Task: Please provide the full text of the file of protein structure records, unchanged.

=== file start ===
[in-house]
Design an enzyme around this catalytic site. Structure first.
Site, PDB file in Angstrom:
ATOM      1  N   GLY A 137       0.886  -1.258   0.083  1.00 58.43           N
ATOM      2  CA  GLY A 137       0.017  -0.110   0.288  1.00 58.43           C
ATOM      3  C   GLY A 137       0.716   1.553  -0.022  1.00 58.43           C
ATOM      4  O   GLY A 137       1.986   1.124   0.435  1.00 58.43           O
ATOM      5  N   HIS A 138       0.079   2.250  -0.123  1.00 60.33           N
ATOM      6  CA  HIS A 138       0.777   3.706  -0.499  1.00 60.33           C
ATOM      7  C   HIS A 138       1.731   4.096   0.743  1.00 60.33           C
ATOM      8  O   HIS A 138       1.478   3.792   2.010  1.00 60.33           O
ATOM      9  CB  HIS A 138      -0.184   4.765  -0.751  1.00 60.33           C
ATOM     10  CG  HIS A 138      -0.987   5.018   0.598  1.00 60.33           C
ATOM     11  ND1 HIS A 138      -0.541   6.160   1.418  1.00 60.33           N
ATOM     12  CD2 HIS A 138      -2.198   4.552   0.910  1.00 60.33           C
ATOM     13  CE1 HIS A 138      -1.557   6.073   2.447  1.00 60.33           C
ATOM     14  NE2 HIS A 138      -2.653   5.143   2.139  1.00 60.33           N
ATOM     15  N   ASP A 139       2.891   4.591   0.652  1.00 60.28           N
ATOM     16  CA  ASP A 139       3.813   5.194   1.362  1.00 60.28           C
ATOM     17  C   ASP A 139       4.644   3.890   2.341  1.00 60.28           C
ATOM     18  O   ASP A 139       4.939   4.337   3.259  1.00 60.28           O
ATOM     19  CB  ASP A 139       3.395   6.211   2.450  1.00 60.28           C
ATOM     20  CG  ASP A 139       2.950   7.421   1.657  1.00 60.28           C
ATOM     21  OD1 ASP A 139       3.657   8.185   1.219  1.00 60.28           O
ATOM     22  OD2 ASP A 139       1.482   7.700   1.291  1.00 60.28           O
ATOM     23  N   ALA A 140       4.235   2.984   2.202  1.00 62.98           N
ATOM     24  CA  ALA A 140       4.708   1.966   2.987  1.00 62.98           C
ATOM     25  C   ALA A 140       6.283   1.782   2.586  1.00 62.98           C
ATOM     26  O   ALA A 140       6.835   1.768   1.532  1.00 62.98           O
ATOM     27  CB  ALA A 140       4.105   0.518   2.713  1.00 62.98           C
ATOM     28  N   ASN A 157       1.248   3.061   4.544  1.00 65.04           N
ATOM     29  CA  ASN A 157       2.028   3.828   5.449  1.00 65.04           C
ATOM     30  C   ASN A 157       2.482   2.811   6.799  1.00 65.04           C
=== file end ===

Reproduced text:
[in-house]
Design an enzyme around this catalytic site. Structure first.
Site, PDB file in Angstrom:
ATOM      1  N   GLY A 137       0.886  -1.258   0.083  1.00 58.43           N
ATOM      2  CA  GLY A 137       0.017  -0.110   0.288  1.00 58.43           C
ATOM      3  C   GLY A 137       0.716   1.553  -0.022  1.00 58.43           C
ATOM      4  O   GLY A 137       1.986   1.124   0.435  1.00 58.43           O
ATOM      5  N   HIS A 138       0.079   2.250  -0.123  1.00 60.33           N
ATOM      6  CA  HIS A 138       0.777   3.706  -0.499  1.00 60.33           C
ATOM      7  C   HIS A 138       1.731   4.096   0.743  1.00 60.33           C
ATOM      8  O   HIS A 138       1.478   3.792   2.010  1.00 60.33           O
ATOM      9  CB  HIS A 138      -0.184   4.765  -0.751  1.00 60.33           C
ATOM     10  CG  HIS A 138      -0.987   5.018   0.598  1.00 60.33           C
ATOM     11  ND1 HIS A 138      -0.541   6.160   1.418  1.00 60.33           N
ATOM     12  CD2 HIS A 138      -2.198   4.552   0.910  1.00 60.33           C
ATOM     13  CE1 HIS A 138      -1.557   6.073   2.447  1.00 60.33           C
ATOM     14  NE2 HIS A 138      -2.653   5.143   2.139  1.00 60.33           N
ATOM     15  N   ASP A 139       2.891   4.591   0.652  1.00 60.28           N
ATOM     16  CA  ASP A 139       3.813   5.194   1.362  1.00 60.28           C
ATOM     17  C   ASP A 139       4.644   3.890   2.341  1.00 60.28           C
ATOM     18  O   ASP A 139       4.939   4.337   3.259  1.00 60.28           O
ATOM     19  CB  ASP A 139       3.395   6.211   2.450  1.00 60.28           C
ATOM     20  CG  ASP A 139       2.950   7.421   1.657  1.00 60.28           C
ATOM     21  OD1 ASP A 139       3.657   8.185   1.219  1.00 60.28           O
ATOM     22  OD2 ASP A 139       1.482   7.700   1.291  1.00 60.28           O
ATOM     23  N   ALA A 140       4.235   2.984   2.202  1.00 62.98           N
ATOM     24  CA  ALA A 140       4.708   1.966   2.987  1.00 62.98           C
ATOM     25  C   ALA A 140       6.283   1.782   2.586  1.00 62.98           C
ATOM     26  O   ALA A 140       6.835   1.768   1.532  1.00 62.98           O
ATOM     27  CB  ALA A 140       4.105   0.518   2.713  1.00 62.98           C
ATOM     28  N   ASN A 157       1.248   3.061   4.544  1.00 65.04           N
ATOM     29  CA  ASN A 157       2.028   3.828   5.449  1.00 65.04           C
ATOM     30  C   ASN A 157       2.482   2.811   6.799  1.00 65.04           C